“The improvement is obvious,” said Hani Mowafaq, 40, who owns a shop in eastern Baghdad’s mainly Shiite Jadidah district. The streets there used to shut down at 3 p.m. as storeowners rushed to get home before dark. “Now I can stay open until nine and feel secure,” he said, crediting increased U.S. and Iraqi patrols.

Hassan Nassar, an art gallery owner, said he was stunned to see how many people were out recently on the central shopping strip of Palestine Street. “If it weren’t for the barbed wire and blast walls, it would have looked just like the natural old days,” he said.

The U.S. military, which doesn’t release civilian casualty figures, is reluctant to claim success yet, wary of raising expectations as it has in the past by taking credit for drops in violence, only to see them end. “It’s too early to declare a trend,” military spokesman Lt. Col. Christopher Garver said this week of reported reductions in deaths.

But greater quiet is the goal. The Bush administration is gambling that its “surge” of 28,000 additional troops can impose enough calm on the capital that Iraqis will begin to feel greater faith in their fragile government.

Troops in the capital have been going neighborhood to neighborhood, seeking to seize control. Other U.S. forces are waging parallel offensives to the north, in the city of Baqouba, and to the south, around Salman Pak, to uproot insurgents from areas they use as staging grounds for attacks in Baghdad.

The gains they have made may not hold over the long-term. U.S. commanders say there are not enough Iraqi security forces to ensure insurgents don’t return after the Americans pull back. The parallel political track of passing new laws to encourage Sunnis to stop supporting the insurgency and back the government has been held up by wrangling between Iraq’s politicians for months.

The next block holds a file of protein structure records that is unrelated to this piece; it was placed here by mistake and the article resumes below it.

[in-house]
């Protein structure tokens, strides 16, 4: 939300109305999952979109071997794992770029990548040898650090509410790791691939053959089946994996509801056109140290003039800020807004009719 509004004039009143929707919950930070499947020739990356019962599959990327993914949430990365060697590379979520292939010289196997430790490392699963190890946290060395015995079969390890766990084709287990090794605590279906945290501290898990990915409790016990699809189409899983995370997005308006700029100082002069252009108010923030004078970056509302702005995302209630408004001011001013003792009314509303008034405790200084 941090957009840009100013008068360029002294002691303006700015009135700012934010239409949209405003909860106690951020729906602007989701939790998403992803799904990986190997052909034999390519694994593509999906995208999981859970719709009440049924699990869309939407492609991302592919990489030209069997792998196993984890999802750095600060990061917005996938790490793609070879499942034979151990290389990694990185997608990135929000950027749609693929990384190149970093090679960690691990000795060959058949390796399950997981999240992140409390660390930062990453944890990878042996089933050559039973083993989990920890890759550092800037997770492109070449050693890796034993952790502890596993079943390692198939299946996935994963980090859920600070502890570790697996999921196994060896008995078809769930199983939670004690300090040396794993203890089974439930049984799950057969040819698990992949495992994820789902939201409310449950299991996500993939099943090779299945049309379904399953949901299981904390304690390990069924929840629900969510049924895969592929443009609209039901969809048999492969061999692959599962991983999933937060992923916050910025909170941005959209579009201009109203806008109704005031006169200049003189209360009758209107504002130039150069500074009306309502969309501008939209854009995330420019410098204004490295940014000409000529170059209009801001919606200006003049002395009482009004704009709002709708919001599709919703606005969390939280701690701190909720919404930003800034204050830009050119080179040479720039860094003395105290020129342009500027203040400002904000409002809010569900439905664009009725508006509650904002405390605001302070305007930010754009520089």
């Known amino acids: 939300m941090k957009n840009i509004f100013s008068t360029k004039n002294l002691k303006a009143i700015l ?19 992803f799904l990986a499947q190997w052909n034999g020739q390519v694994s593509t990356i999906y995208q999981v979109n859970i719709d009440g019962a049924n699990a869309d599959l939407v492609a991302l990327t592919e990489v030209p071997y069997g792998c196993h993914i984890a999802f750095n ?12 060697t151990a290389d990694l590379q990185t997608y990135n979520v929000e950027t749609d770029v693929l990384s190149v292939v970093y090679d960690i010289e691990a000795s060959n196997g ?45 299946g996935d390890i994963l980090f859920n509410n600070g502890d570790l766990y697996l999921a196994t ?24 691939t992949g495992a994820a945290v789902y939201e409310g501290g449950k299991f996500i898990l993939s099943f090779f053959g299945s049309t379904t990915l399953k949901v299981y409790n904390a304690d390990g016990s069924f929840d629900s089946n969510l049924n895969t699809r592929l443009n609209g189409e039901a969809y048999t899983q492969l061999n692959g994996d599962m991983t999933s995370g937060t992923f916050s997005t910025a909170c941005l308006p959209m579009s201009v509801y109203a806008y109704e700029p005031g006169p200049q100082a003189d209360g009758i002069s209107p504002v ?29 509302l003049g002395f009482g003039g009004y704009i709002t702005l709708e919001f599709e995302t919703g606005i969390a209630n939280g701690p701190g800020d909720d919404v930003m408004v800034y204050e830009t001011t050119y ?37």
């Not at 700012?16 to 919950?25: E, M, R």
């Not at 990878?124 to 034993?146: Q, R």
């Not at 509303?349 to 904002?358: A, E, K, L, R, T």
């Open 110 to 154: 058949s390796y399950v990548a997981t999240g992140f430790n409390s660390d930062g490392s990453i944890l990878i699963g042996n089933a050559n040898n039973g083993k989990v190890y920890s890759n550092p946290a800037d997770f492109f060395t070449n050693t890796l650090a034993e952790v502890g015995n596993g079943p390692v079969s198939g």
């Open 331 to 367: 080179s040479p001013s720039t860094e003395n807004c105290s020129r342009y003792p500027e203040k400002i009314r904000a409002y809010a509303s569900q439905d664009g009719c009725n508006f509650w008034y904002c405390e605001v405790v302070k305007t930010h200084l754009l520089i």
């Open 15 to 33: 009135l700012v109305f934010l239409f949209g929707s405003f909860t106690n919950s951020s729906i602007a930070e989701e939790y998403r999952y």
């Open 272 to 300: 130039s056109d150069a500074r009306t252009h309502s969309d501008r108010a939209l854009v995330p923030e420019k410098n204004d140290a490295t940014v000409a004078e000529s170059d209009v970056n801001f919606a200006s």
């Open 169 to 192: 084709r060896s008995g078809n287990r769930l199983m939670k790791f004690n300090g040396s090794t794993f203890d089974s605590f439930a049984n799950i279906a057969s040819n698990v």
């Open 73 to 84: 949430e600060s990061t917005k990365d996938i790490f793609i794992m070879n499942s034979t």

Iraqis are keenly aware that a failure of political progress could bring the security situation crashing back down.

“Yes, there’s a reduction in the attacks, but this isn’t a sure sign. The causes of disagreement are still there,” said Abdul-Karim Ahmed, a technician at the Dora refinery in south Baghdad, whose extended family – like hundreds of thousands of Iraqis – have fled abroad.

On Friday, a bomb severely damaged the main pipeline to the refinery, which is already producing at 50 percent of capacity because of constant sabotage. That means gas shortages and electricity outages for Baghdad residents, to add daily miseries to the fear of violence.

Some districts remain intensely dangerous, particularly those where Sunnis and Shiites remain close by. In his western Baghdad neighborhood of Hutteen, Amir Mohammed Ali said the number of dead bodies dumped in the streets has only grown. On Wednesday, gunmen sprayed shops with automatic weapons fire, killing several people, he said.

“The owners opened their shops seeing the increased number of checkpoints, thinking it would protect them, but it just didn’t happen,” said the 50-year-old Sunni.

Even in safer neighborhoods, a single drive-by shooting or roadside bomb can revive residents’ fears. Moreover, the worry over kidnapping – by sectarian militias or just common criminals – has not lifted.

“It’s not the bombing we fear because you die immediately,” said Mohammed al-Adhami, a real estate agent. “But if I’m kidnapped, I’ll be tortured. They will break my bones with iron bars and drill holes in my body.”

Suhad Ibrahim, a Shiite schoolteacher, says she feels safe enough to take her children shopping in the Shiite district of Kazimiyah, across town from her home. But she doesn’t dare bring her Sunni husband along for fear he will be targeted.

“We’ve started feeling more secure,” she said. “But these areas are not yet secure enough” for him.